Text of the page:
Danielli and his team added additional materials to this ‘chemical salad’ which gives the molecules in the solution a magnetic charge as well. An electromagnet is affixed to the PCR machine so that in real-time the genetic information will be collected and drawn closer to the sensors. In that way, Danielli explains, the identification of Covid-19 in a sample can be much quicker and test a greater amount of genetic information - which is created by the machine - much earlier in the testing process. This in turn allows researchers to determine with high proficiency whether the individual is infected or not.
“It’s like attracting fireflies”
“Think of it like fireflies,” Danielli told Calcalist. “If you see two or three fireflies flying around the room, you won’t be able to spot them. But if you have several concentrated in one spot, you’ll be able to locate them easily. We look at how much light is emitted in the solution, and the amount of light increases at every PCR step, or as the machine’s sensor doubles the amount of genetic information. But if the amount of genetic material that the solution was started with was too sparse, it will take more time to create a large amount of information that the light sensors can detect. We are just helping the sensor do its job and attracting the ‘fireflies’ to it.” He thinks the technology that his lab is developing can successfully shorten the diagnostic testing time, cutting it down from an hour or an hour and a half to just 15 minutes.
The MagBiosense device, (which is the bread and butter of the magnetic biological sensing field), was developed by Danielli’s lab 15 years ago during the course of his doctorate studies, to be used by the agricultural industry and a company he registered in the U.S. (and later sold the technology) to detect diseases in farm livestock. Its first use for human research, however, was conducted four years ago as part of the ongoing struggle against the Zika virus which broke out in Brazil in 2016. With the outbreak of the coronavirus pandemic, Danielli began to adapt the device so that it could be used to identify coronavirus material as part of a collaboration with the Department of Laboratories at the Ministry of Health. During the study, which was conducted at Bar-Ilan University, 274 samples were taken, 140 of which yielded negative-Covid results, while 134 cases were found to be infected with the virus. In 100% of the cases, the results of the MagBiosense test were identical to that of the standard PCR tests, with a typical test taking around 30 minutes.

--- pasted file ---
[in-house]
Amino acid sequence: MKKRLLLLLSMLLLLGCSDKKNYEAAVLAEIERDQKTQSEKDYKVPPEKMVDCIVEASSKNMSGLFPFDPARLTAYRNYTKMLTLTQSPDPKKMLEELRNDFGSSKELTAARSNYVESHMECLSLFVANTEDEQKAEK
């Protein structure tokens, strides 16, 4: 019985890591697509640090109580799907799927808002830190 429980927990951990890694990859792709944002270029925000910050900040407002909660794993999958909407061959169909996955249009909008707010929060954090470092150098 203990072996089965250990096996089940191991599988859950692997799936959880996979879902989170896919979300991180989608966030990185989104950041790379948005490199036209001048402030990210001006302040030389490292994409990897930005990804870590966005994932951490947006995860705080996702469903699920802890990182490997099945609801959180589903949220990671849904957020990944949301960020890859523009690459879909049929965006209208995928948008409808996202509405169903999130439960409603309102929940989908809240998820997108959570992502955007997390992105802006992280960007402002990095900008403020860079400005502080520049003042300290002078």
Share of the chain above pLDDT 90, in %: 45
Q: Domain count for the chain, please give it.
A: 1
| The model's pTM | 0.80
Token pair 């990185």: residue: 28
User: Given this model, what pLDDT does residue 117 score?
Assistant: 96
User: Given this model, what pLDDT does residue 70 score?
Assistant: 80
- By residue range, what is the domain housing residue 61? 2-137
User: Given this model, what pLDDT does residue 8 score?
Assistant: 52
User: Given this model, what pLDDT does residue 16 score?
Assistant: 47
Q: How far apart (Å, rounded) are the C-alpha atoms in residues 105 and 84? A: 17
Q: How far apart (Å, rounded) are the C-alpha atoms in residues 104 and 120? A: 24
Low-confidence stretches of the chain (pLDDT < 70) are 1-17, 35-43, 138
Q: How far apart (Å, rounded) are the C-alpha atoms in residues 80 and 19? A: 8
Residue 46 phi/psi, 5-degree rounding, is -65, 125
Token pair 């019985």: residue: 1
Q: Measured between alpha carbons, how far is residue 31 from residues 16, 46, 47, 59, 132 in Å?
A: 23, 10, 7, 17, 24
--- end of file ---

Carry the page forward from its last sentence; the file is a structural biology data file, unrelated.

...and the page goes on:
Now, technological application has reached a point where it can be recruited for easing the bottleneck conditions in diagnostic testing laboratories. Danielli’s testing device was approved by the Administration for the Development of Weapons and Technological Infrastructure, which recommended that the Ministry of Health purchase the technology for widespread use in public laboratories. Danielli believes that the technology has an even greater potential due to its rapid test result time, and can be utilized in places like airports, border crossings, or potential Covid-hotspots with an abundance of travelers, like Eilat or the Dead Sea.
This all joins the long line of Israeli developments in the Covid sector in recent months, which are all looking to optimize diagnostic testing. Prof. Gabby Sarusi at Ben-Gurion University of the Negev is working on developing a rapid exhalation test that analyzes a person’s breath, similar to the breath-analyzer used by the Israel Police to detect drunk drivers’ breath by analyzing the electrical charge emitted from their air flow. The startup LessTests joined the Technion Institute of Technology, and developed a more efficient management of diagnostic testing by mixing several coronavirus tests together and using algorithms to analyze the results and conduct mass testing. During the first few months of the pandemic, the Tel Aviv-based company, ImpactLabs engineered a robot that can quickly analyze Covid-19 samples without human contact. Those two examples could help shorten the long wait time and relieve bottleneck conditions in the testing process.